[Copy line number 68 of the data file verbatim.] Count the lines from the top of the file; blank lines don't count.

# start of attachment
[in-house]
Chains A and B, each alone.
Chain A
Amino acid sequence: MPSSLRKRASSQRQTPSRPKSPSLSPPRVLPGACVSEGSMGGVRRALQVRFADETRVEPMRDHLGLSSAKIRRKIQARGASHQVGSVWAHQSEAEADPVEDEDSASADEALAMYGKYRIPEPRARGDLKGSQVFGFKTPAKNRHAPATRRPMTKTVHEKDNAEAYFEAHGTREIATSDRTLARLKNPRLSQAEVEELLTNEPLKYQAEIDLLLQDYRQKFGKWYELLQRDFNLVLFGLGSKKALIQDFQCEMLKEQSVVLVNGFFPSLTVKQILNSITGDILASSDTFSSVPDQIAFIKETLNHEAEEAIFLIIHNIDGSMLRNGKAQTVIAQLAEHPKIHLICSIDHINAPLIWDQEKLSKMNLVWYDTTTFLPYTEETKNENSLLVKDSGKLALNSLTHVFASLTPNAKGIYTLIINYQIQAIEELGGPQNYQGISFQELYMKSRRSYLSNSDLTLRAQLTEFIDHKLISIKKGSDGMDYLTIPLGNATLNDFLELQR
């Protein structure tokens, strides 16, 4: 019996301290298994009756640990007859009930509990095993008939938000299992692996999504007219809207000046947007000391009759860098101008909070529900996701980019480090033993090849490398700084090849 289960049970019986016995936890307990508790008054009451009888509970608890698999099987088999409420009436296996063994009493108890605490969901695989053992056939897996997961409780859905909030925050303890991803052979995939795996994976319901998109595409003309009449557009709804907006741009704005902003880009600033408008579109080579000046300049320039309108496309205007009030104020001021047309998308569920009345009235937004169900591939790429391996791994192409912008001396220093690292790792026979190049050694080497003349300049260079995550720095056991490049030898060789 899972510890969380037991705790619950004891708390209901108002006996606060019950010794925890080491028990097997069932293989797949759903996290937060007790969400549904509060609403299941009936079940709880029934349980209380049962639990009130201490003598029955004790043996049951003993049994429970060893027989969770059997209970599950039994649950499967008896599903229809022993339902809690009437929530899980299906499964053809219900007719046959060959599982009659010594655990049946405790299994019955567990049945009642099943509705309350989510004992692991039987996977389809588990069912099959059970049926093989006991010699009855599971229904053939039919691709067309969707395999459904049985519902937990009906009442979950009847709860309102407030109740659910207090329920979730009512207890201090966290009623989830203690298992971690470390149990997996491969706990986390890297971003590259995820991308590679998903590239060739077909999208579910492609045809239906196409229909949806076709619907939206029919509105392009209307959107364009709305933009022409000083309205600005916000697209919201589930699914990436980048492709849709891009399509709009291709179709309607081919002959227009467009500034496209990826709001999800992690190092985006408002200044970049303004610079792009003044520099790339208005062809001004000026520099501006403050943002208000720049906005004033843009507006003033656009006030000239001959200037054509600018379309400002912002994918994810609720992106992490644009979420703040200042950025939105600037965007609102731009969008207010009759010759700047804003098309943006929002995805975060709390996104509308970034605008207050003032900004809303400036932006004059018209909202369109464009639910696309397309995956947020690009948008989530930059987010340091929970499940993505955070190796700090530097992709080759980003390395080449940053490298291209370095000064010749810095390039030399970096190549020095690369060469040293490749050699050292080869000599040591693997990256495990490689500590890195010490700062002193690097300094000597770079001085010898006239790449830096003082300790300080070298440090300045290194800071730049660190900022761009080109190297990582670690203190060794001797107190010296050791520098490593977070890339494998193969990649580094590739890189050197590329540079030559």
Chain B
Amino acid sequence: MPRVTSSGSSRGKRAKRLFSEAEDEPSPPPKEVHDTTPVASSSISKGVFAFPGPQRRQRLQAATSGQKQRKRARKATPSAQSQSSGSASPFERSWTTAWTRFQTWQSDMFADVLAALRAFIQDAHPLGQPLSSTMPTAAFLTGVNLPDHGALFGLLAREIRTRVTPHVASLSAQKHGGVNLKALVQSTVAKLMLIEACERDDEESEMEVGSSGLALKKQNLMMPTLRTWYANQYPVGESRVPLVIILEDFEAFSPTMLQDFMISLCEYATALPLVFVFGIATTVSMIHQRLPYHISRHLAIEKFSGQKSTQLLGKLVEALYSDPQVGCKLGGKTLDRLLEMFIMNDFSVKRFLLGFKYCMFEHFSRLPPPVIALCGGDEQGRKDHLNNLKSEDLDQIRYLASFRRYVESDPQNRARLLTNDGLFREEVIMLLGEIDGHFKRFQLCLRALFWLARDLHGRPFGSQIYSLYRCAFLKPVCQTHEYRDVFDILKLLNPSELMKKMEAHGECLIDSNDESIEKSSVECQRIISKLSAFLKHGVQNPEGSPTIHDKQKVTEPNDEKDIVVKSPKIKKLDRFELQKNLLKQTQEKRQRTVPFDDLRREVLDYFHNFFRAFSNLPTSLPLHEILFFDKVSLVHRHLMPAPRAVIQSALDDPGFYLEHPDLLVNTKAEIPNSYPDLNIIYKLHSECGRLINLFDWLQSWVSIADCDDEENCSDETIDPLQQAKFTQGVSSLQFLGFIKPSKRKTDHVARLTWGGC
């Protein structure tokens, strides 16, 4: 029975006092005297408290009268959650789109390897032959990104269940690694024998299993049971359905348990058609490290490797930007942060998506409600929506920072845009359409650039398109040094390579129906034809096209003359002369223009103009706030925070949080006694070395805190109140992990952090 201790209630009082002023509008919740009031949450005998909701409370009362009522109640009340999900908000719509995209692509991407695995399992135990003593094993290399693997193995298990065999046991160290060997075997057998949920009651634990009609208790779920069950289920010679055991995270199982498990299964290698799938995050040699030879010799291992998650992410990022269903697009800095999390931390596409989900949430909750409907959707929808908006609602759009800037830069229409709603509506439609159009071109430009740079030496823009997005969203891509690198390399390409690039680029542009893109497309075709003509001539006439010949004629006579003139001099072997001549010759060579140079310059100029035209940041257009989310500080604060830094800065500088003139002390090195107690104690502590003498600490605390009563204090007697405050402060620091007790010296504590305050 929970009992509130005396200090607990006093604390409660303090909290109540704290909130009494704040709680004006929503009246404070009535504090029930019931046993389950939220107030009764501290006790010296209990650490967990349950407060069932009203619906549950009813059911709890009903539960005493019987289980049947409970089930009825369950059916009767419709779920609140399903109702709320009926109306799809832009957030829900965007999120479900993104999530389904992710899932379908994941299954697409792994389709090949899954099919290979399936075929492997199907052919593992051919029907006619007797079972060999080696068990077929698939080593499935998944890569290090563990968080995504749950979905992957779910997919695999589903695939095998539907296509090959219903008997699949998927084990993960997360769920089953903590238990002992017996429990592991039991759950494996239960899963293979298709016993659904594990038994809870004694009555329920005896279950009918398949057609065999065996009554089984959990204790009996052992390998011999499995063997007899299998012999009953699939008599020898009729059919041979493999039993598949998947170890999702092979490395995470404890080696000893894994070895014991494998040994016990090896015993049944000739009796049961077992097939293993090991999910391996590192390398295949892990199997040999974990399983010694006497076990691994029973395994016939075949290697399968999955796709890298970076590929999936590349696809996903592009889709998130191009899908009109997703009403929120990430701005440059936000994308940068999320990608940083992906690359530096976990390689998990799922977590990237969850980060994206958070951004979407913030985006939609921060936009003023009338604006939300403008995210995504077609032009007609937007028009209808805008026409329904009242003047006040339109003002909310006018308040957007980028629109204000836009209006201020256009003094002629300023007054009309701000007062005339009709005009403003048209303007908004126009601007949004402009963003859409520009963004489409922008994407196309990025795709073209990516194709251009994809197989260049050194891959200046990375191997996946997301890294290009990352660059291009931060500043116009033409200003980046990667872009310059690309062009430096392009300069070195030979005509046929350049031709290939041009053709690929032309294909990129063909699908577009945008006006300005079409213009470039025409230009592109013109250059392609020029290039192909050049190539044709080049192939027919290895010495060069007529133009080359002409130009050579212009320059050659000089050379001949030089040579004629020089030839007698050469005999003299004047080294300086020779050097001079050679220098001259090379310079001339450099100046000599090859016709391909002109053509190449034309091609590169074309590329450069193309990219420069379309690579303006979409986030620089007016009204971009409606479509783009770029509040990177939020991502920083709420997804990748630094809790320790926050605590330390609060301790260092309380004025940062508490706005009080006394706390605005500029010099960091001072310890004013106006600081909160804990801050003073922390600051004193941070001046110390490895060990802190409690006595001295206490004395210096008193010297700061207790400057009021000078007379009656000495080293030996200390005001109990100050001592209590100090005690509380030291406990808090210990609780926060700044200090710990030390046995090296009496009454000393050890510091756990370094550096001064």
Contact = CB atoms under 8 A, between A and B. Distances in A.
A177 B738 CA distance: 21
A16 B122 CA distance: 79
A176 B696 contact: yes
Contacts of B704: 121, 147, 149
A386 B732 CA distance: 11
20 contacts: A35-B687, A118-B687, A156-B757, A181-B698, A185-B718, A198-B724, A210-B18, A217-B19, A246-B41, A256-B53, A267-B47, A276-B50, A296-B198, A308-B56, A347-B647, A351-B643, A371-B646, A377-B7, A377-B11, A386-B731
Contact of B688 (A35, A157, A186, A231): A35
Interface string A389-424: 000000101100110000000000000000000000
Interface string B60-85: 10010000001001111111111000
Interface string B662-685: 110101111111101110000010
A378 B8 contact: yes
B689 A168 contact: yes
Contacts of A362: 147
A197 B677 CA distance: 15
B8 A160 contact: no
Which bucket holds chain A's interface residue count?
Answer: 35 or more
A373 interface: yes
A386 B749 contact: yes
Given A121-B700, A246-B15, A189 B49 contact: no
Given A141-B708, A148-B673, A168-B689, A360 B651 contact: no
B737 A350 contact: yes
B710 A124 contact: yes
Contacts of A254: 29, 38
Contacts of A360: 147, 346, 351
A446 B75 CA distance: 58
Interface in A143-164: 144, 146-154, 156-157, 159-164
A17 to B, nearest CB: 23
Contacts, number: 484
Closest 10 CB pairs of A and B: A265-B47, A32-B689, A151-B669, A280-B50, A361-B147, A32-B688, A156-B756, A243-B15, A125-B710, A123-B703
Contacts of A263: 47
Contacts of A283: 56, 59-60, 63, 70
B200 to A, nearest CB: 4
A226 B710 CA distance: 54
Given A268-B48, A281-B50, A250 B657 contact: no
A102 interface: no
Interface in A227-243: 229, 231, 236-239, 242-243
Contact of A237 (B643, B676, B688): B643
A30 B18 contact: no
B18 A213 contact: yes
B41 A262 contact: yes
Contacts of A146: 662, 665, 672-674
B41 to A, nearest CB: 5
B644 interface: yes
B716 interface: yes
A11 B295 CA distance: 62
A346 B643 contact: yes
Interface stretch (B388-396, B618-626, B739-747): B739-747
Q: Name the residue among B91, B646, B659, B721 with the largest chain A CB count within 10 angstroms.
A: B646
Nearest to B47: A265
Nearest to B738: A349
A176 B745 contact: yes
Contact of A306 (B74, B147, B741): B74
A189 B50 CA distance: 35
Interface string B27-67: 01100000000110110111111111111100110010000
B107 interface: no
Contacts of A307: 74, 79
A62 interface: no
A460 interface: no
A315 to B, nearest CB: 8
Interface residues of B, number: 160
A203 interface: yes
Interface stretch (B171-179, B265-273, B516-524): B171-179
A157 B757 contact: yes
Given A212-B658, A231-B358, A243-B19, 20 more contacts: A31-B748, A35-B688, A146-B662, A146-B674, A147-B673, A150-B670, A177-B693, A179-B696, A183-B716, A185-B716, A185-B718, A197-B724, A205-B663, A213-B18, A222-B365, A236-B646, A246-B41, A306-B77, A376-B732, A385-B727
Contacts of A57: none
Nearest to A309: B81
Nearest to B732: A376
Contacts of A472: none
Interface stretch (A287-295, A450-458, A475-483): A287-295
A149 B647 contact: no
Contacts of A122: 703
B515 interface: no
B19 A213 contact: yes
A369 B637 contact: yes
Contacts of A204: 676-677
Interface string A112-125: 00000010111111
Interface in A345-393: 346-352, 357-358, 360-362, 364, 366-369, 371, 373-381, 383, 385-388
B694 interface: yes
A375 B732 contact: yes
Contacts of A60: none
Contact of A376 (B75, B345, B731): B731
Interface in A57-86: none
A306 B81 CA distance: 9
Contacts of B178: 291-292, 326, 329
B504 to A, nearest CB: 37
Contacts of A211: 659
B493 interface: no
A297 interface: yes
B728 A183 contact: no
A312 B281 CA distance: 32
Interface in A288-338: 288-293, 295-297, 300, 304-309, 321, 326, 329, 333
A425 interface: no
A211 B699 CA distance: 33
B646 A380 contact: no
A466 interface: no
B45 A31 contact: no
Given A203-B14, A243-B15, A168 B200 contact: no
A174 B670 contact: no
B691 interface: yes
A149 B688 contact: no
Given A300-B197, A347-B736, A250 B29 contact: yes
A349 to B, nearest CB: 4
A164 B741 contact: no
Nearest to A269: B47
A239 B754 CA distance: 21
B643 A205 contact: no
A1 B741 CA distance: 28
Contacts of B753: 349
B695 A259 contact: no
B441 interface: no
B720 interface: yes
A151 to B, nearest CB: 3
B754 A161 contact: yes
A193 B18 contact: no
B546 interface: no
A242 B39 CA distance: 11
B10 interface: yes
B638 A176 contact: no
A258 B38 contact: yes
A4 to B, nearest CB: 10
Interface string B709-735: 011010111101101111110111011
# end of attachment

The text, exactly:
A62 interface: no